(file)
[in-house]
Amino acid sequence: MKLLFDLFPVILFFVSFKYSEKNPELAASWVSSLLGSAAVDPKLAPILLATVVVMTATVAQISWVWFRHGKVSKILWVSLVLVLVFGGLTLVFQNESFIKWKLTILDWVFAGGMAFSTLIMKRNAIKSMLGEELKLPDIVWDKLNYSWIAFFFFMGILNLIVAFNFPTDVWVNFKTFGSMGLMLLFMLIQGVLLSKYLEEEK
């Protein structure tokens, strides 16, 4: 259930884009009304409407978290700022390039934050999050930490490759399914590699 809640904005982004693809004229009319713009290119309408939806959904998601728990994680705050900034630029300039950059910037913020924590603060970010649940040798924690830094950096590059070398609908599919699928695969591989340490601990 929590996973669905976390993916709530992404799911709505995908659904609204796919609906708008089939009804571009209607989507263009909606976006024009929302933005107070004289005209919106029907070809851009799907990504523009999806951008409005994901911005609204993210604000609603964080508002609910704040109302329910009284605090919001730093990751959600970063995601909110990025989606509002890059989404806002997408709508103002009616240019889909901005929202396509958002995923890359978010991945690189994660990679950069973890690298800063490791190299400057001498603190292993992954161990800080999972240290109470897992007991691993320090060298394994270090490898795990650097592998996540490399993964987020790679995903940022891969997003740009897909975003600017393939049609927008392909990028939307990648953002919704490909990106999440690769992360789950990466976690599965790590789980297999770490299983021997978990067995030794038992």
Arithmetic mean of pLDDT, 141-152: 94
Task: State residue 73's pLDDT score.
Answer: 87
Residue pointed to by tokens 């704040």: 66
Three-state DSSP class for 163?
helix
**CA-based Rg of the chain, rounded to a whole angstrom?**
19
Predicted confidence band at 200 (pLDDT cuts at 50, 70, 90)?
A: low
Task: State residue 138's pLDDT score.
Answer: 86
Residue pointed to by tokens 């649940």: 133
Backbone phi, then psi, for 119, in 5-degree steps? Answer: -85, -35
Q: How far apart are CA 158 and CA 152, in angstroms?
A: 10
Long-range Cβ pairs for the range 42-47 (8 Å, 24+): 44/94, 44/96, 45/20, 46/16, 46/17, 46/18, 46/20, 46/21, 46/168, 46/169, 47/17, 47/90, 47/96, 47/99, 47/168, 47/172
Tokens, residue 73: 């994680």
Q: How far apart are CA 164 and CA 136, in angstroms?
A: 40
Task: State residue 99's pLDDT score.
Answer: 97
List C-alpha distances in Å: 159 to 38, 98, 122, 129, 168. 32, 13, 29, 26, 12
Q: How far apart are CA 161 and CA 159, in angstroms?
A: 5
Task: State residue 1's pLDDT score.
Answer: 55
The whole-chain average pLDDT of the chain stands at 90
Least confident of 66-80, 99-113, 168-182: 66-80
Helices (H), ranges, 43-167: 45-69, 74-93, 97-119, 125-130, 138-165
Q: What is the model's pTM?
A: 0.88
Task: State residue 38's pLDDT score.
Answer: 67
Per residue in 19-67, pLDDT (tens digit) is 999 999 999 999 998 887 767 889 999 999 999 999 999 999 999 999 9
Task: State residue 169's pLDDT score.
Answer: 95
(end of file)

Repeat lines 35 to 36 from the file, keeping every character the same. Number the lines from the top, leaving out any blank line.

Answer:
A: 0.88
Task: State residue 38's pLDDT score.